So, how will we know when our compost is done “cooking”? If you can identify ingredients within your pile still, it needs more time to decay. Compost should be dark brown, rich, and moist. If you take a handful and squeeze, you shouldn’t be able to get more than a drop of water out.
If you have been composting all summer, fall is a great time to spread that compost over your garden beds and lawn to amend the soil after the growing season. This replenishes the nutrients in the soil and sets you up for next year. The Co-op sells wonderful compost from Black Earth Compost, Coast of Maine, and Brick Ends, all of which are suitable for spreading out now in your soil and as an inoculant for getting a pile started. Much like making yogurt or sourdough starter, the easiest way to ensure your composting is off to a good start is to begin with a good mix of actual compost.
Once the weather really starts to get cold, composting will naturally become less active of a process than in the summer and fall. Lots of people elect to cover their exposed compost piles in the winter time as insulation, in order to keep the internal temperature of the pile high enough to promote bacteria growth. But this can often have the effect of keeping water out, or trapping air inside and making the pile moldy. It’s okay if your compost pile gets covered in snow over the winter.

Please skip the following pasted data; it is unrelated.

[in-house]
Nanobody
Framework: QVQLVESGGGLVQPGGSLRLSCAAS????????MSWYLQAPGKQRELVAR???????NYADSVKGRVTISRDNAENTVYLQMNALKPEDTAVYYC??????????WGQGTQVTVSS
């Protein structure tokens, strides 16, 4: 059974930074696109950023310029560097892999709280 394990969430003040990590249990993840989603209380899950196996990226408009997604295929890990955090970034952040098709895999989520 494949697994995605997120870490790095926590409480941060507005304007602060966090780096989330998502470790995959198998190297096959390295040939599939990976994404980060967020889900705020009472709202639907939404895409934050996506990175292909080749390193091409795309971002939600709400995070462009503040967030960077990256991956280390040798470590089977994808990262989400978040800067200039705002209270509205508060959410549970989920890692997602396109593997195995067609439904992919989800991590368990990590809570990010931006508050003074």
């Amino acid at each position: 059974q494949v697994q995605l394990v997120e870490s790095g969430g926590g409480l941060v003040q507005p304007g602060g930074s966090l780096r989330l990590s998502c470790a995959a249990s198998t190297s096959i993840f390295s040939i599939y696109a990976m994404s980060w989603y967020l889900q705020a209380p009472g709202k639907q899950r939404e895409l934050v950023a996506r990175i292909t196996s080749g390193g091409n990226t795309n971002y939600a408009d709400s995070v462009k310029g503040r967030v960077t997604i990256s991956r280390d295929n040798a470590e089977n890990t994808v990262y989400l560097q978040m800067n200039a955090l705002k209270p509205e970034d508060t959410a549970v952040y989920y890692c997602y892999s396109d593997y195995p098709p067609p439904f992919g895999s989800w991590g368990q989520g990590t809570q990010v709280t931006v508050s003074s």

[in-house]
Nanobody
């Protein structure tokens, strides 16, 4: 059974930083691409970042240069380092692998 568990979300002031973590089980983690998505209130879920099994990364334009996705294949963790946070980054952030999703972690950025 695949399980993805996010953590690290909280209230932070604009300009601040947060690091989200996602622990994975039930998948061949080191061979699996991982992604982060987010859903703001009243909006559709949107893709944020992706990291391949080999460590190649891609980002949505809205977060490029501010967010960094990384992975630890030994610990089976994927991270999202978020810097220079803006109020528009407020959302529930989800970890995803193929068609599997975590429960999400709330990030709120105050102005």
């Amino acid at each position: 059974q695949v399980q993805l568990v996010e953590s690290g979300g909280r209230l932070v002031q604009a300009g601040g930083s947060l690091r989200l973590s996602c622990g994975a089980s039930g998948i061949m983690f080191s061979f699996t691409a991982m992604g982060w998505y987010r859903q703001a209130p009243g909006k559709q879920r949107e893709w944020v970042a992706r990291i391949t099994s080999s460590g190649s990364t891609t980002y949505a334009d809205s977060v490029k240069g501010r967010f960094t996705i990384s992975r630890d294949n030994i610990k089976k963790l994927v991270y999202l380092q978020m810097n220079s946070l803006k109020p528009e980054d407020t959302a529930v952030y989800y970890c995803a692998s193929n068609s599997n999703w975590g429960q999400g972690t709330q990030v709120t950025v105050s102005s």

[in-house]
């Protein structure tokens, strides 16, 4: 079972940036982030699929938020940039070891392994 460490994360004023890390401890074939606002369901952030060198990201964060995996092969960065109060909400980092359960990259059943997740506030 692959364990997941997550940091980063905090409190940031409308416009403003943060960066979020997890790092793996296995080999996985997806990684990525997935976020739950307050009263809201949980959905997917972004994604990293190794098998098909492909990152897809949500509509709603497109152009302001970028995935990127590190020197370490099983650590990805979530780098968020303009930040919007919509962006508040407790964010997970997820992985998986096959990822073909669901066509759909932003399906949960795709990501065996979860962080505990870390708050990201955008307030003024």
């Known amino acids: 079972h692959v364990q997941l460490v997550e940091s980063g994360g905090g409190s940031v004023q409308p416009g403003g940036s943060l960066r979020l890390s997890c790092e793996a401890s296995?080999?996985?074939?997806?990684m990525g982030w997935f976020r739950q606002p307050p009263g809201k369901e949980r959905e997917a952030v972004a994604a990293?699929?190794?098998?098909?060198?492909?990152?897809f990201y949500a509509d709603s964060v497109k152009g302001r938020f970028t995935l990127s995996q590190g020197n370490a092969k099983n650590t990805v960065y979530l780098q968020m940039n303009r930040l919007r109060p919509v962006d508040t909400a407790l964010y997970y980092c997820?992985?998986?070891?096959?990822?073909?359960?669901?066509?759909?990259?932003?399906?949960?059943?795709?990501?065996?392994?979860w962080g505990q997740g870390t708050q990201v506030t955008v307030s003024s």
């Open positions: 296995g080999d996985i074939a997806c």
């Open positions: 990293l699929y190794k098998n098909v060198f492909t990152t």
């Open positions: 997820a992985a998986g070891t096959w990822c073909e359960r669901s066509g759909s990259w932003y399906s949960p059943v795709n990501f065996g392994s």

Realistically, not much is going to compost in the dead of winter, it's just too cold for the microbes to have much of an appetite. But freezing temperatures also mean that you don't have to worry about odors. Just keep piling organic matter throughout the winter months and leave them to provide that good boost to your compost in the spring.
Backyard composting, no matter how you do it, is an excellent and simple way to recycle household waste and also take care of your garden. Fall is definitely a clean-up season, but getting a compost pile started now is like making a promise for next spring. Knowing that the nutrients you saved will go on to feed your flowers and vegetables is part of the year-long cycle of work and reward.
Campbell, Stu. Let It Rot!: the Gardener's Guide to Composting. Storey Communications, Inc., 1975.